MA: Any specific artist or work from the show that you especially liked in the early stages?

De Pury: Obviously, as a mentor I couldn’t voice my preference for one contestant over another, and certainly there were some works that appealed more to me than others, in each competition. My choices didn’t necessarily always overlap with the opinions of the judges, but that’s the great thing about art: Judging a work of art is ultimately very subjective and I think it’s very legitimate that we are looking at the same thing but in our own way, and forming our own opinions about it.

MA: Moving on to the art market, as someone with years of experience working with fine art, what is your current opinion of the art market? Are we truly in the recovery mode from the 2008 financial crisis?

De Pury: Yes, the slowdown of the market took place between October 2008 and June 2009 and this was mostly reflected by the sharp drop in the volume of works being offered on the art market at that time. That volume has come back up…very quickly, and we’ve seen very strong results with auctions that took place last May in New York, with the great success of the Hong Kong Art Fair, and now with the Basel Art Fair about to start, and there are some sales with some really great material in London in late June…so the volume and quality are both at top level, we’ve come back to where the market was before. Both the supply and demand for art indicate that the art market is bouncing back, not just for blue chip work but also from the more emerging side of the market.

MA: Do you think Picasso can break his own record at the upcoming June 23rd auction for his work “Portrait of Angel Fernandez de Soto?”

De Pury: I hope this work will do very well, I had the privilege of being the auctioneer when it was on the market last time at Sotheby’s. I think it’s a fabulous work, and anything is possible We’ll see what happens!

There’s been a lot of excitement recently revolving around Russian and Southeast Asian art. What is your forecast for collectors in terms of these two genres?

De Pury: We conducted an auction at the Saatchi Gallery last April which was very successful…with art from Brazil, Russia, India and China. The art market over the last five years has clearly become global. We’re seeing a lot of strong results from Asia in general, Latin America, and also Africa and the Middle East. So [art from these countries] is taking a bigger and bigger percentage of the overall art market, and over time it will probably become a dominant part of the art market.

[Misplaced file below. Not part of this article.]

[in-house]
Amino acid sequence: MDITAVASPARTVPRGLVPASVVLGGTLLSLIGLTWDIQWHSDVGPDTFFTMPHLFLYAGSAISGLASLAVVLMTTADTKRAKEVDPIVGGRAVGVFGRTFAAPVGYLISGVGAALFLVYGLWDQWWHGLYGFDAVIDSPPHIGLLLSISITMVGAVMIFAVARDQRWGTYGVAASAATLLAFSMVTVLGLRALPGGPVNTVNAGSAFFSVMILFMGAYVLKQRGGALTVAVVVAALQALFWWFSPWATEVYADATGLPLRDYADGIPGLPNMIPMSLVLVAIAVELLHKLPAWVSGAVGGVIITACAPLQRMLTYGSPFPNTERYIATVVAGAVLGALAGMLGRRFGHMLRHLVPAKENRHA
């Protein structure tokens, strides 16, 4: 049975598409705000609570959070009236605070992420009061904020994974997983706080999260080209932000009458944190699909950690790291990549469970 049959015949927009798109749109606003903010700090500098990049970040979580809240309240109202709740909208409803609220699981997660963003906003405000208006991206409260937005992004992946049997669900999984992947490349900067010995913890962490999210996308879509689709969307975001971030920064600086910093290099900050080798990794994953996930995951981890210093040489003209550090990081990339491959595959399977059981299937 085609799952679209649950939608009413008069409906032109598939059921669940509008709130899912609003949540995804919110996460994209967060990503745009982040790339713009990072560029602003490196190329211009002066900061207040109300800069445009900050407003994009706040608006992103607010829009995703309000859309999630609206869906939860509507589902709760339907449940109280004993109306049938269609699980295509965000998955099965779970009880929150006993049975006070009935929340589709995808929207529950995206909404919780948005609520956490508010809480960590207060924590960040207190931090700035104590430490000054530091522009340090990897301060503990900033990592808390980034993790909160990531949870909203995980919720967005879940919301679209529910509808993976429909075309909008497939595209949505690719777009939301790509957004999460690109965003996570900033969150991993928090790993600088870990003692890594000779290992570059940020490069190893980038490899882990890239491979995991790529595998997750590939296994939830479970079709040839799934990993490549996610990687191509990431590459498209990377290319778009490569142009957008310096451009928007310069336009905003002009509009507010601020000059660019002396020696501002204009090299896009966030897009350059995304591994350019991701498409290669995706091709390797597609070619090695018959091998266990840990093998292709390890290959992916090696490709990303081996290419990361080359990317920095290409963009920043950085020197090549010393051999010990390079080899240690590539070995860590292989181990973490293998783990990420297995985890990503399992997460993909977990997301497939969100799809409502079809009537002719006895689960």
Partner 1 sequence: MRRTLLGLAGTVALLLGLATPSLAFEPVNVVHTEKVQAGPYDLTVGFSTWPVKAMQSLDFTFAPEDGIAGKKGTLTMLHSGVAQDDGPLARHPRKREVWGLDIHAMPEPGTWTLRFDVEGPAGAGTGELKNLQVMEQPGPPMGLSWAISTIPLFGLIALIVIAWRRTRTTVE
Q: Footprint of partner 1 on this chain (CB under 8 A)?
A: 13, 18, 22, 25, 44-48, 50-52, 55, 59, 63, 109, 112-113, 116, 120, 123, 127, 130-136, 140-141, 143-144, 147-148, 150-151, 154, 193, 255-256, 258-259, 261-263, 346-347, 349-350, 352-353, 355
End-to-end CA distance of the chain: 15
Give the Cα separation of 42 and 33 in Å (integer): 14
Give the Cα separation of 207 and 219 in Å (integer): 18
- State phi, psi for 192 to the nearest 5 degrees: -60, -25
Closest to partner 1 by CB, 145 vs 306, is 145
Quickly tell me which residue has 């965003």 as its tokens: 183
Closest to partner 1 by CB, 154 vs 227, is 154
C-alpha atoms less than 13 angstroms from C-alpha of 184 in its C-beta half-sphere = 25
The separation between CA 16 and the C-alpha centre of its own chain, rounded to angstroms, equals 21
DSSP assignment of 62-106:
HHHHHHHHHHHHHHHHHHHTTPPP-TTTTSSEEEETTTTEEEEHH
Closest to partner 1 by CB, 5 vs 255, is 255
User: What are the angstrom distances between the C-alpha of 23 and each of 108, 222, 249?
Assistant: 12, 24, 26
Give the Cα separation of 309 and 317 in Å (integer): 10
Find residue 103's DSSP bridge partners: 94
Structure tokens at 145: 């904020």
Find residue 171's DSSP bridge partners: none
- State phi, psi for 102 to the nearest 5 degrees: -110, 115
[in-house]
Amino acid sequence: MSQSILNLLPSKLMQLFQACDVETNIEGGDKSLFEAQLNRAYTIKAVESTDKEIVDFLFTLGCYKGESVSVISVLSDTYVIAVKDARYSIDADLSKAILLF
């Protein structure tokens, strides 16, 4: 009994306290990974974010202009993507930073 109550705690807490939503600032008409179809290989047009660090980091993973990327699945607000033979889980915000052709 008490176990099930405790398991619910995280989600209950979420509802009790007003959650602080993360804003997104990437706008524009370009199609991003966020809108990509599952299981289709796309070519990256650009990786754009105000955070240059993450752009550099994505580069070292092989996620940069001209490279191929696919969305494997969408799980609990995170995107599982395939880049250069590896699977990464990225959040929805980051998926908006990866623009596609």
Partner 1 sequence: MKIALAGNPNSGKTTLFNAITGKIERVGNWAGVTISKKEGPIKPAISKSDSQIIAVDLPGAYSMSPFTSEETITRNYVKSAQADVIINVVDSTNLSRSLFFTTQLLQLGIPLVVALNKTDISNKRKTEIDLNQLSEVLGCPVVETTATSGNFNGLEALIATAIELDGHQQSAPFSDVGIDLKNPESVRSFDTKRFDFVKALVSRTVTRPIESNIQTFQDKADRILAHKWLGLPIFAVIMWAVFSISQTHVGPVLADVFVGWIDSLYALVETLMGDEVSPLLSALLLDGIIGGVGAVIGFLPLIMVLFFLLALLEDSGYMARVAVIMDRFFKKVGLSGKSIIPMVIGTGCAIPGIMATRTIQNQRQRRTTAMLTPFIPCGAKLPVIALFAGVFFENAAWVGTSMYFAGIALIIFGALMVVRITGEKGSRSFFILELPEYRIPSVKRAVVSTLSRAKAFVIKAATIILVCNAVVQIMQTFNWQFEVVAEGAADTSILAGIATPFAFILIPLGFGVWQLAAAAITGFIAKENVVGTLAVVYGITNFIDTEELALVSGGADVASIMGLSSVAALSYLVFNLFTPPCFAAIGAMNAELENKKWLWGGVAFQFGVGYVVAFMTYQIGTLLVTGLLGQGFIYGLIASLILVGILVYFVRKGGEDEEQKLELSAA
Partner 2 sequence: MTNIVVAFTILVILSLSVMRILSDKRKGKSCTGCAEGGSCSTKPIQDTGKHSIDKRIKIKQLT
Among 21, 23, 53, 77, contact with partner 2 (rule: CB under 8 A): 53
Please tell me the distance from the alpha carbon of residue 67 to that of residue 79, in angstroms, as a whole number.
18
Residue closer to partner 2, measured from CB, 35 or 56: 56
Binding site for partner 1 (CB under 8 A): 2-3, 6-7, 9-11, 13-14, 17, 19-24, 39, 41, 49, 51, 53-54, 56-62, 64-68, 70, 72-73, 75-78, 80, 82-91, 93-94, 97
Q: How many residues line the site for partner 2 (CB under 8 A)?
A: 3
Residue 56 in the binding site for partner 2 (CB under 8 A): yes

MA: What’s your advice for collectors with regards to offerings currently on the market? Are there any bargains to be had?

De Pury: I think the best advice is to see, see, and see again. To closely follow what is being offered at the art fairs and what’s being offered at the auctions. Nowadays it’s very easy - through the internet - to find out what works are selling where, and for how much.

MA: So do you think internet bidding will grow as well?

De Pury: Yes, internet bidding is growing very quickly…you know if there’s a hot auction the room will be packed, but as soon as a work goes above a certain price level most of the bidding is done over the phone or over the internet, and now with the auctioneer being filmed, the bidder can get a feeling of the atmosphere in the sale room, and it makes it much easier to participate in a live auction wherever you may be. You can do it from your office, home, swimming pool or from wherever you want to do it. You can also see that the average price of works being bid on over the net is going up.

MA: What is your favorite work in your own collection?

De Pury: The last piece that I acquire is always my favorite piece. I suffer from the same disease our clients suffer from; collecting is a beautiful disease and also totally incurable! I recently bought some work by two American artists that work together, Wade Brighton and Kelly Walker. I’m very fond of their work, both as individual artists and as collaborators. It’s your last purchase which is always the most exciting! is a personalized art information service covering thousands of sources across the web.